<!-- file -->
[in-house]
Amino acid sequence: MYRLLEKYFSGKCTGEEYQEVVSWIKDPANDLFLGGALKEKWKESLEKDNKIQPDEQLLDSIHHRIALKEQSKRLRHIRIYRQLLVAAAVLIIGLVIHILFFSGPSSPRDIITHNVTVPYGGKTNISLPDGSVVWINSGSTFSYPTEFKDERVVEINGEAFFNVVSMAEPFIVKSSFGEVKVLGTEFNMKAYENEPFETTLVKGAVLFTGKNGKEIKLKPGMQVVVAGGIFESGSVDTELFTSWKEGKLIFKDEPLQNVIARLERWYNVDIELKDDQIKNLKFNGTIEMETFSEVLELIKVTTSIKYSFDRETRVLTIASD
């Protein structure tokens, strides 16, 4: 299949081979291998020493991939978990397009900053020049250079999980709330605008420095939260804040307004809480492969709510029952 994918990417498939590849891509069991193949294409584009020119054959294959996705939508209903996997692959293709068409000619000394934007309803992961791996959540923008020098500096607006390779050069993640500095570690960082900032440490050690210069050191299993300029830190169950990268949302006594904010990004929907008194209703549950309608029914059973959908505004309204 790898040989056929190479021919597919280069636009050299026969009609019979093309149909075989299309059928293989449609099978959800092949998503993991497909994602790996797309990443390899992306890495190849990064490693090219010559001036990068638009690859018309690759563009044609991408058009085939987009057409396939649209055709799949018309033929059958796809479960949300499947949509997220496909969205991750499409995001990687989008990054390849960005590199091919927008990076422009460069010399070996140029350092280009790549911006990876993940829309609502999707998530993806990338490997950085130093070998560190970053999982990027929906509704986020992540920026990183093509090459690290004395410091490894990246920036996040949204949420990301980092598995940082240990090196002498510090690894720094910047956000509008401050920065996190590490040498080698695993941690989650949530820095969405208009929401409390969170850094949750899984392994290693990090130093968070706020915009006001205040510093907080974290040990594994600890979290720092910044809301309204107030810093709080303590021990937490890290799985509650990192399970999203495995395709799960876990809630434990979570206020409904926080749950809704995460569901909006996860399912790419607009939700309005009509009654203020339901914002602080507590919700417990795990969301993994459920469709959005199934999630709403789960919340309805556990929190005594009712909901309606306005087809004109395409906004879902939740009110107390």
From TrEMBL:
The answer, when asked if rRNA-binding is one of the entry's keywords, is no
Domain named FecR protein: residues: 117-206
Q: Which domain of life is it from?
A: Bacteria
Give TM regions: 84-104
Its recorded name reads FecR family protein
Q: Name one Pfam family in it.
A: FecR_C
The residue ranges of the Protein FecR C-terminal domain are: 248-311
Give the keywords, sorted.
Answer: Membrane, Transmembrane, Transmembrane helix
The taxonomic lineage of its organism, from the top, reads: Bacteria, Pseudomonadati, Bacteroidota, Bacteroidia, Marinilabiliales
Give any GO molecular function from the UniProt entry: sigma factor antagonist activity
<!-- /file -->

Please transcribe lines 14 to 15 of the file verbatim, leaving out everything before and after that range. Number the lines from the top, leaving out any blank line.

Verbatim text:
Give the keywords, sorted.
Answer: Membrane, Transmembrane, Transmembrane helix